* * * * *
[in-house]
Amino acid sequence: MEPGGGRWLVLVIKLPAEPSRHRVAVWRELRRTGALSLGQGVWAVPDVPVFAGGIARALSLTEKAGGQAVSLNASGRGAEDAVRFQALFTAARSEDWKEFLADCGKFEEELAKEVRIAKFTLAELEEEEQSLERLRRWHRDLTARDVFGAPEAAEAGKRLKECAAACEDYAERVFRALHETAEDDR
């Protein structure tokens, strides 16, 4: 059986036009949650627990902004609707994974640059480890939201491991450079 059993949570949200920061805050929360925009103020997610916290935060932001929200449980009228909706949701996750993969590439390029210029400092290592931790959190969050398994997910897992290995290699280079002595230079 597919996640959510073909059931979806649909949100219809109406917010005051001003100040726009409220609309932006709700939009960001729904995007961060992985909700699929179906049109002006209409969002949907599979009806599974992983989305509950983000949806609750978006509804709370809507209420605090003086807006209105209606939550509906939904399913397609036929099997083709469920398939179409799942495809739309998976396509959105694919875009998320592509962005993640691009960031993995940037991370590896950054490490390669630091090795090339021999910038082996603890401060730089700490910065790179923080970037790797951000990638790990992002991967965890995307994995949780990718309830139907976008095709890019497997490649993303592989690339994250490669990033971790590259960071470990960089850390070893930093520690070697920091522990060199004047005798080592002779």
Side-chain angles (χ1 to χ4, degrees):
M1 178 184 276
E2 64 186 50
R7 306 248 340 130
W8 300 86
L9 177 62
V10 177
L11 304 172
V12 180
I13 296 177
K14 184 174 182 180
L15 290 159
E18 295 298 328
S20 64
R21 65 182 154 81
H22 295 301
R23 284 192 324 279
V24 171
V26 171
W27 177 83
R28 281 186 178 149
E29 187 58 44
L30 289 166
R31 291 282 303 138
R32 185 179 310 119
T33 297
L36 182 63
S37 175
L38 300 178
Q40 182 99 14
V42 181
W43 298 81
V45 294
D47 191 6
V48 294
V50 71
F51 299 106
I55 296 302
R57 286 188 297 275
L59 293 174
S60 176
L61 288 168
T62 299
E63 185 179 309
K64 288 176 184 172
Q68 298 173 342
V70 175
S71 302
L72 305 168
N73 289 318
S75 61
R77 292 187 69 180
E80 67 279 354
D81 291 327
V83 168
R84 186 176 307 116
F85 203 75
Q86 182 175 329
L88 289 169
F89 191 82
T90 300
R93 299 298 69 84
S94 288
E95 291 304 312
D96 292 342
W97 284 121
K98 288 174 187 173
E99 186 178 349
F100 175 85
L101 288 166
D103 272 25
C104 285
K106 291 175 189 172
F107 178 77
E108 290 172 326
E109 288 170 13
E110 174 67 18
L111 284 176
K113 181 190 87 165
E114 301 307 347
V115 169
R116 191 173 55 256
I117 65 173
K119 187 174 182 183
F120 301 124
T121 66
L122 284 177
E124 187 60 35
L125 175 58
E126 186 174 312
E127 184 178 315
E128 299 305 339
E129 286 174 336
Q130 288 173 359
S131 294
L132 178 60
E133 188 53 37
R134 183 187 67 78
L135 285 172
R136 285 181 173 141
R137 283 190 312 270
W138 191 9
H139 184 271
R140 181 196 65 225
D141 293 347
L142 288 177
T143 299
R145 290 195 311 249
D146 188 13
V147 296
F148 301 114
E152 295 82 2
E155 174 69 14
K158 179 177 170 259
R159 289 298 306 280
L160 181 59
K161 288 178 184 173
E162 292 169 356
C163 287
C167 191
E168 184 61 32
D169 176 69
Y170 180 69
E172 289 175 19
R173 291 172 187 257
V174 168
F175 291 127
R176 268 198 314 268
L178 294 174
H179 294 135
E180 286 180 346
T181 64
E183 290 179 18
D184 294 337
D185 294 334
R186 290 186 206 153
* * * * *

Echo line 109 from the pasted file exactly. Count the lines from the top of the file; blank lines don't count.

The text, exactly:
L142 288 177